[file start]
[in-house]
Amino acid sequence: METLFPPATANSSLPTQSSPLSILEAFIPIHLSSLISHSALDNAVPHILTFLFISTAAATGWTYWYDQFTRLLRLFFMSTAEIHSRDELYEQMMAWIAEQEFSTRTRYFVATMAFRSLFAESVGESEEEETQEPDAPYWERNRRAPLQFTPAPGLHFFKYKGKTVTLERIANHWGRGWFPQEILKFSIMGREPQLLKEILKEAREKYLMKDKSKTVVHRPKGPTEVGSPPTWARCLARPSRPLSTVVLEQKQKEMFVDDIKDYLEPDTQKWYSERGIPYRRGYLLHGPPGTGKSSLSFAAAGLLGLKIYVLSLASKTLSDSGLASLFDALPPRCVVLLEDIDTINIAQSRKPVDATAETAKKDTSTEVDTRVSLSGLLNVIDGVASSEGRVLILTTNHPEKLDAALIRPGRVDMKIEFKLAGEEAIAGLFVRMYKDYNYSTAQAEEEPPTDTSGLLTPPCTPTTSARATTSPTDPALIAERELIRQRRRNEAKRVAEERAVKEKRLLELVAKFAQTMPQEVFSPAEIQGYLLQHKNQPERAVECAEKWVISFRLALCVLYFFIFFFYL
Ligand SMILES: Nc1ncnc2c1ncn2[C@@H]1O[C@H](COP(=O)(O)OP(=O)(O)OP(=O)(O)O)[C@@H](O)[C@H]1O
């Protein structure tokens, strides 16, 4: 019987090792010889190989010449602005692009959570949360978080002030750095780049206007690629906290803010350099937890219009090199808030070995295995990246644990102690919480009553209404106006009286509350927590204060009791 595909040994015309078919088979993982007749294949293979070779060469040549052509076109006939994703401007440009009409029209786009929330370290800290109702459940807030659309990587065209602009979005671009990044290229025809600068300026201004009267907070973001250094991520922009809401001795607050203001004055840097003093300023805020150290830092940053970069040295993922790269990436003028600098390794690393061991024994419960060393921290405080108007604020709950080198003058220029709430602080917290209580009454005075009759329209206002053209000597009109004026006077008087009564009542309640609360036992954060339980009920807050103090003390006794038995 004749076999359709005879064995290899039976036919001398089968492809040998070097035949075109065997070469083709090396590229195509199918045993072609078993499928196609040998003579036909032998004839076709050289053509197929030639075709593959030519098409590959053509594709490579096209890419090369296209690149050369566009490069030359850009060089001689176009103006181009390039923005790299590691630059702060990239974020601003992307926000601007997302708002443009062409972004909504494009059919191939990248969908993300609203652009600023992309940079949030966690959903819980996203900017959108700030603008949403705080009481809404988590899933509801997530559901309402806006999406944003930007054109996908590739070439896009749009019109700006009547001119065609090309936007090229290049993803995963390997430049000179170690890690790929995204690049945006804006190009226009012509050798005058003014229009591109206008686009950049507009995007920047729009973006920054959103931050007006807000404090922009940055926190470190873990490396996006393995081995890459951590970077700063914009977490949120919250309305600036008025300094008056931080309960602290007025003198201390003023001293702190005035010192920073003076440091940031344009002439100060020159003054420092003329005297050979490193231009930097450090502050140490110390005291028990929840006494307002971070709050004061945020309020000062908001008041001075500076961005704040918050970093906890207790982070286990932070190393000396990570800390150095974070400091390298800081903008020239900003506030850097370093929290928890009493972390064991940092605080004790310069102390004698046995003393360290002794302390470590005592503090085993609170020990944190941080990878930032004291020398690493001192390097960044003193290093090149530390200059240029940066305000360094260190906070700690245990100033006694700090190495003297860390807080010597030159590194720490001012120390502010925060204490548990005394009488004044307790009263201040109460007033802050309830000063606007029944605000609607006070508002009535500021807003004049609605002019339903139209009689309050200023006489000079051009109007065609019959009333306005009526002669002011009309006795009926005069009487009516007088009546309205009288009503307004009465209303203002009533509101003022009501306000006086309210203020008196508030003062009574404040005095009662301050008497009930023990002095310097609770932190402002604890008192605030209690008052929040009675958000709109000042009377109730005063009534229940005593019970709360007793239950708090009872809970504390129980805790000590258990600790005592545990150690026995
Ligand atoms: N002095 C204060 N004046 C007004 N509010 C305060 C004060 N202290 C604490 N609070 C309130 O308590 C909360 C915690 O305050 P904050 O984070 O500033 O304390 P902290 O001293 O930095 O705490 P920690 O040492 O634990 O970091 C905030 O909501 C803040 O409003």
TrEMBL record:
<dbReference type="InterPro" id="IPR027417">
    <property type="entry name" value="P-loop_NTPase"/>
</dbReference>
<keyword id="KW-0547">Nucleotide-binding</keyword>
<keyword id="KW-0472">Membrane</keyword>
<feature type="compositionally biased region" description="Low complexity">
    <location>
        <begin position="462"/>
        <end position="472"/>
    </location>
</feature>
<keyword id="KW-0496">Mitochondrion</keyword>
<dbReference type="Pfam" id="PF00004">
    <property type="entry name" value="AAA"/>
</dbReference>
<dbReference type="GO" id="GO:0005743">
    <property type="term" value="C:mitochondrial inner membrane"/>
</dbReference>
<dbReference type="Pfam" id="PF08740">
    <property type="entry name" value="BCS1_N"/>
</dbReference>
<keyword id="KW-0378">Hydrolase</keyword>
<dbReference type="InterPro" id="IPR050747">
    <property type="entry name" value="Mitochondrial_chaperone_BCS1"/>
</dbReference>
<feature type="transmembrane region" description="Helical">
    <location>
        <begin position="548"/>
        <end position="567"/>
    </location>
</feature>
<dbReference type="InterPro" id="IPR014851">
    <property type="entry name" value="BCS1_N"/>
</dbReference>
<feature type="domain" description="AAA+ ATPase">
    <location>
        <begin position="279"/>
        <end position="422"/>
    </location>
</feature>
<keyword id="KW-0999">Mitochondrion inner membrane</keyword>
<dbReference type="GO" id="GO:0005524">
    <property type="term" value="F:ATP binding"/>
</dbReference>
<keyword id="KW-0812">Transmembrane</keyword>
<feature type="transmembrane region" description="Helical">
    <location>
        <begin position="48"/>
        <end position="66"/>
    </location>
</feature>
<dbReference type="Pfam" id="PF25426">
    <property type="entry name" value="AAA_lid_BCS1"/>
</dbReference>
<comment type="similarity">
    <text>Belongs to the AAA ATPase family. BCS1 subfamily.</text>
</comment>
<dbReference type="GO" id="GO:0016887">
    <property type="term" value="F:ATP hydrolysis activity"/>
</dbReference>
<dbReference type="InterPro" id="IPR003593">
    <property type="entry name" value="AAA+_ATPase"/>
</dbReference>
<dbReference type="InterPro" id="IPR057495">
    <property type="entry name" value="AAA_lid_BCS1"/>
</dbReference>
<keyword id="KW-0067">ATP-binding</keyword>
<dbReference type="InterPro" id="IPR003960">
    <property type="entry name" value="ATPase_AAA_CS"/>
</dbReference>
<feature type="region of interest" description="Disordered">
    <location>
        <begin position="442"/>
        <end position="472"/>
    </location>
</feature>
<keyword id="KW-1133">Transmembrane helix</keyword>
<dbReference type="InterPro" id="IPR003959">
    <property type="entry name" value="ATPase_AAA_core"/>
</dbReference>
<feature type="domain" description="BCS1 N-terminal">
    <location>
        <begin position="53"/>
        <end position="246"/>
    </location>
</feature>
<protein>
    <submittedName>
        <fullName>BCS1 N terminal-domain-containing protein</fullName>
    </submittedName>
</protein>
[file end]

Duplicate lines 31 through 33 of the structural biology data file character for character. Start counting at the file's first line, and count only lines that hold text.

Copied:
</dbReference>
<feature type="transmembrane region" description="Helical">
    <location>